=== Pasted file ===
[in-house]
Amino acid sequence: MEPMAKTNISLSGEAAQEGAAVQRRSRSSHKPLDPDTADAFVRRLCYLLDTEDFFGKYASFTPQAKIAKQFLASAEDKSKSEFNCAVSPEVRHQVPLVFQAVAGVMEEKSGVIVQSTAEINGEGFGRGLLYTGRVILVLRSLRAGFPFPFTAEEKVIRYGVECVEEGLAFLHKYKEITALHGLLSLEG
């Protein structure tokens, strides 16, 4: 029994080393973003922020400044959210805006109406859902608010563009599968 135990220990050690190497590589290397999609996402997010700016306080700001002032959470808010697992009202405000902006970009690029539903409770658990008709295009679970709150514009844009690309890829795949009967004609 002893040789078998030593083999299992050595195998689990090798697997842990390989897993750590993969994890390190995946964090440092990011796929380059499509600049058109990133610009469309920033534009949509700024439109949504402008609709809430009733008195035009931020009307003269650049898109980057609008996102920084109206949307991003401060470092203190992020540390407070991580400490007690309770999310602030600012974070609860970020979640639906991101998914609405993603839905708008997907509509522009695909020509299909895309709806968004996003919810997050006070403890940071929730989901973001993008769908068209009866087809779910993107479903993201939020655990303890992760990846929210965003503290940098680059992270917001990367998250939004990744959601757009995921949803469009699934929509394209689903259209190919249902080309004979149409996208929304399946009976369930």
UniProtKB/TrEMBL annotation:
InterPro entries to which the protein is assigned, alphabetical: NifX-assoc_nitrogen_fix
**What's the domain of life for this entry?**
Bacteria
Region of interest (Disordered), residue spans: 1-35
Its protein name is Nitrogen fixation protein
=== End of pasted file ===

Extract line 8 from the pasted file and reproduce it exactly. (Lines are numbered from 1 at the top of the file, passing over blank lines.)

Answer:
Region of interest (Disordered), residue spans: 1-35